New Zealand is facing a crisis of press freedom as a result of the death of journalist Andrew Seymour.
Seymour, who was working for the Island Press, was murdered last week in his home town of Kinston.
His death has sparked a wave of public outrage and condemnation.
It was a tragic event that touched on many important issues that we care deeply about in the world, including freedom of the press, freedom of expression, freedom to exercise our religion, freedom from fear, freedom for everyone to participate in the political process, freedom and security for all, said Labour leader Jacinda Ardern.
“We need to do everything we can to bring the right people together to bring some balance to the situation, including bringing people together for an inquest and bringing the police in and bringing in a coroner,” said Arderns.
“That’s what we’ve got to do.”
In the past, the New Zealand Press Association has said the Government has been very responsive to the death and the concerns raised, and there are several steps that can be taken to support the island press.
“The Government has provided a lot of resources and support to the Island press in the past and we are doing that again,” Arderni said.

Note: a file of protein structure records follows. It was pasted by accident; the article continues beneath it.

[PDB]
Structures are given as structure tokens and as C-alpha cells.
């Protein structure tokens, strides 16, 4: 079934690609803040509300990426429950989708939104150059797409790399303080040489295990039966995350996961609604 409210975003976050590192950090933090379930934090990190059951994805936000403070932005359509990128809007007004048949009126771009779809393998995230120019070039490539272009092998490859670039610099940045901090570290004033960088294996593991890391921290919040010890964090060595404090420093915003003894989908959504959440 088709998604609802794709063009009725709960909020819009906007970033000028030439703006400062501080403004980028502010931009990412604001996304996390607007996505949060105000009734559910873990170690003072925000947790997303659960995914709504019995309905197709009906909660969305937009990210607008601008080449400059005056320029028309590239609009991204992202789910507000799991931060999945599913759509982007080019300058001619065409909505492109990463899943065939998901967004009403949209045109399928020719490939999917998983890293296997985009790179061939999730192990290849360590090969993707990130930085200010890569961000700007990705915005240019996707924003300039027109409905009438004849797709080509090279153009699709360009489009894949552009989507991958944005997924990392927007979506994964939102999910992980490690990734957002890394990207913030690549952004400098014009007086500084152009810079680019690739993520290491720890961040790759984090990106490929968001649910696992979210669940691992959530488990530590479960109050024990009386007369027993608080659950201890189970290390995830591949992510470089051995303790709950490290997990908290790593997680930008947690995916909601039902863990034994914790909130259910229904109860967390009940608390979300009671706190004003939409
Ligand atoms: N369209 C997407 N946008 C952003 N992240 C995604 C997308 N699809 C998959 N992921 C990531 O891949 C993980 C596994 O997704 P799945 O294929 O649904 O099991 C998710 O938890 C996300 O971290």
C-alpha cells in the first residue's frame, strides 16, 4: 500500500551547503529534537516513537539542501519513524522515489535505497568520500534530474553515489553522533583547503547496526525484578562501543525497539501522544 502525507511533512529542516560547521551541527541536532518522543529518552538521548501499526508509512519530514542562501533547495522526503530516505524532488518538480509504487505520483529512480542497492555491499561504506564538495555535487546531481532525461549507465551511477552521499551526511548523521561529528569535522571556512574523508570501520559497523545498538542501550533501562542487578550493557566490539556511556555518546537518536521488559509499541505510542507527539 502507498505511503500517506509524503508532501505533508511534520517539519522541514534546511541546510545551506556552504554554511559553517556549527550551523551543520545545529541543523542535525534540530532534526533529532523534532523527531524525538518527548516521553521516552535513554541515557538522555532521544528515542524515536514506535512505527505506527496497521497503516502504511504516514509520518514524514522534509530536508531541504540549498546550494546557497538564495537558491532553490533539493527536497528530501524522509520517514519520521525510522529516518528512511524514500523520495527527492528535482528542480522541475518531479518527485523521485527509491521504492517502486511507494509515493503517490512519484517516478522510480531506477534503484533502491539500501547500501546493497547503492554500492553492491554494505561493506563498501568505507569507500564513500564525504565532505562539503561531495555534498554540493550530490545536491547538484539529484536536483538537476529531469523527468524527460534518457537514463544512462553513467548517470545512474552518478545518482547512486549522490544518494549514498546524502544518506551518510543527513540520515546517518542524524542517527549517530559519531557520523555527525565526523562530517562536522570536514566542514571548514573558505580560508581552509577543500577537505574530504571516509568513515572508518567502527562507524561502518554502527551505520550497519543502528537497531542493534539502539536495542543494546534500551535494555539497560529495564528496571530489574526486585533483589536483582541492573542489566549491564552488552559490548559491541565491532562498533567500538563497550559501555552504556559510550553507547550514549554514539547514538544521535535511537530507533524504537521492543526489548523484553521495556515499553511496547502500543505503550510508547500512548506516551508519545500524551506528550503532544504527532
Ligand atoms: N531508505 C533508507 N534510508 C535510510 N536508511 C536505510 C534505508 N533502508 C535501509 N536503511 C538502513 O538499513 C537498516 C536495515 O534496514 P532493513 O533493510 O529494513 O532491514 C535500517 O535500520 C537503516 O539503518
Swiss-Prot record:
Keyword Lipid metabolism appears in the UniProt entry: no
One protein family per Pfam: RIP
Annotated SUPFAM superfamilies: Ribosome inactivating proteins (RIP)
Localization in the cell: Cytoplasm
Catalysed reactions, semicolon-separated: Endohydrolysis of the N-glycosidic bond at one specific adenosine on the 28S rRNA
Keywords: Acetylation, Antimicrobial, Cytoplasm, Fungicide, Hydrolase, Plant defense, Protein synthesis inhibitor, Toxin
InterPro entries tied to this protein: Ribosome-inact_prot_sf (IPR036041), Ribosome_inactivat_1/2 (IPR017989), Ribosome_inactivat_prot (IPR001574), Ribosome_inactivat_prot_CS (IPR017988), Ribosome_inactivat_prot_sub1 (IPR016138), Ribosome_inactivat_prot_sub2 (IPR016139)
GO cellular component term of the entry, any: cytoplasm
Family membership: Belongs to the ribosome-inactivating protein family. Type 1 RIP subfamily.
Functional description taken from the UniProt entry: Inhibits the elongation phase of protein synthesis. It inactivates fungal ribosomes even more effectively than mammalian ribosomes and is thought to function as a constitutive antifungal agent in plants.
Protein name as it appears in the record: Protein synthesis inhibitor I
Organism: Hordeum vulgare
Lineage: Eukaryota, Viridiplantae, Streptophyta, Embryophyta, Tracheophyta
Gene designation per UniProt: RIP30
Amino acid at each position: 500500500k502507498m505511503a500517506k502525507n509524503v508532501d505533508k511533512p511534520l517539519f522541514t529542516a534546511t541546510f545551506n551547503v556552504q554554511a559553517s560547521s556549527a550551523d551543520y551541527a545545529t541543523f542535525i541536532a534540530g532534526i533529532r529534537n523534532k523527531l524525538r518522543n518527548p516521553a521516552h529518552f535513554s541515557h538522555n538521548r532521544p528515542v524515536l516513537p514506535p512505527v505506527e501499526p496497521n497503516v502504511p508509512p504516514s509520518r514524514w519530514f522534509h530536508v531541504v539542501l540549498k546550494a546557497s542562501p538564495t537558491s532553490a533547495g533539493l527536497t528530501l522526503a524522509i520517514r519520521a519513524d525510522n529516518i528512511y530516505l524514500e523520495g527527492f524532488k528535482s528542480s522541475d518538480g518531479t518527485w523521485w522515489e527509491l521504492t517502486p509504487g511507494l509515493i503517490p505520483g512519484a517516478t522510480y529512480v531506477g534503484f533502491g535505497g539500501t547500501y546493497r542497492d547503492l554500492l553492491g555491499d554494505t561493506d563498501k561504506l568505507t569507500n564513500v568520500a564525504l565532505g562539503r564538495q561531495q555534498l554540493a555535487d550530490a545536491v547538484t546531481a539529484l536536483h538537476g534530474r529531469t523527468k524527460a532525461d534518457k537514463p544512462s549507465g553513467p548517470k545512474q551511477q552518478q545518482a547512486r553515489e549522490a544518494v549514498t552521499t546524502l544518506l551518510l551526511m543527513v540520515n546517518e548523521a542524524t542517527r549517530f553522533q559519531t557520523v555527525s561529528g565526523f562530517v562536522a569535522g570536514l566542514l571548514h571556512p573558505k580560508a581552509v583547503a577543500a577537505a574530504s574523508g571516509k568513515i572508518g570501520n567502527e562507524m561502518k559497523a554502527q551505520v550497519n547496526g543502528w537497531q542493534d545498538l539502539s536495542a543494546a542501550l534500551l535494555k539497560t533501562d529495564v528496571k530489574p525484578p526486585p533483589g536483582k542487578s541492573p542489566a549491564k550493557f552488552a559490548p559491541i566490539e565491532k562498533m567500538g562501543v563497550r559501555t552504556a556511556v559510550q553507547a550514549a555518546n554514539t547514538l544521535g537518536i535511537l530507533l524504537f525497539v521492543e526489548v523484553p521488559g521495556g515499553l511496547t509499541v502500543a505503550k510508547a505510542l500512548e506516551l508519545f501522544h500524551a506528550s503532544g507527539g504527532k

“This is a serious issue, and it is very difficult to put a number on the number of press freedoms that have been lost across the country.”
In response to the Seymour death, Prime Minister Jacinda Rehman released a statement saying that the Government is committed to the “full protection of press rights and freedoms” and that the island Press Association will continue to work for press freedom.
The Government is also looking at what it can do to help, she said.
However, the Government also acknowledged that there are significant gaps in the media landscape, and that a “full investigation into the circumstances surrounding Andrew Seymour’s death” is ongoing.
The issue of press protection in New Zealand was recently highlighted by the murder of journalists Glenn Greenwald and Laura Poitras.
Both were working for The Intercept and were killed in their homes.
Greenwald was a former journalist who wrote extensively about surveillance, and Poitra was a journalist working for a media outlet in Germany who was investigating the surveillance activities of the German Federal Intelligence Service (BND).
Ardernis said that the government will continue working with the New Media Alliance to work on improving the situation.
“I think there’s a lot that can and should be done and I think that New Zealanders want to see this issue brought to the fore.
There are a lot more important things that need to be done, so I’m really confident that we’ll get that done,” she said, pointing out that the press had a strong voice in the election campaign and was the only voice that stood up against the Conservative Government.
“It’s been really important to hear from New Zealand people, because New Zealand has an important role in this.
We are a democracy, and we want to know what our government is doing, we want our representatives to know how we feel about the Government,” she added.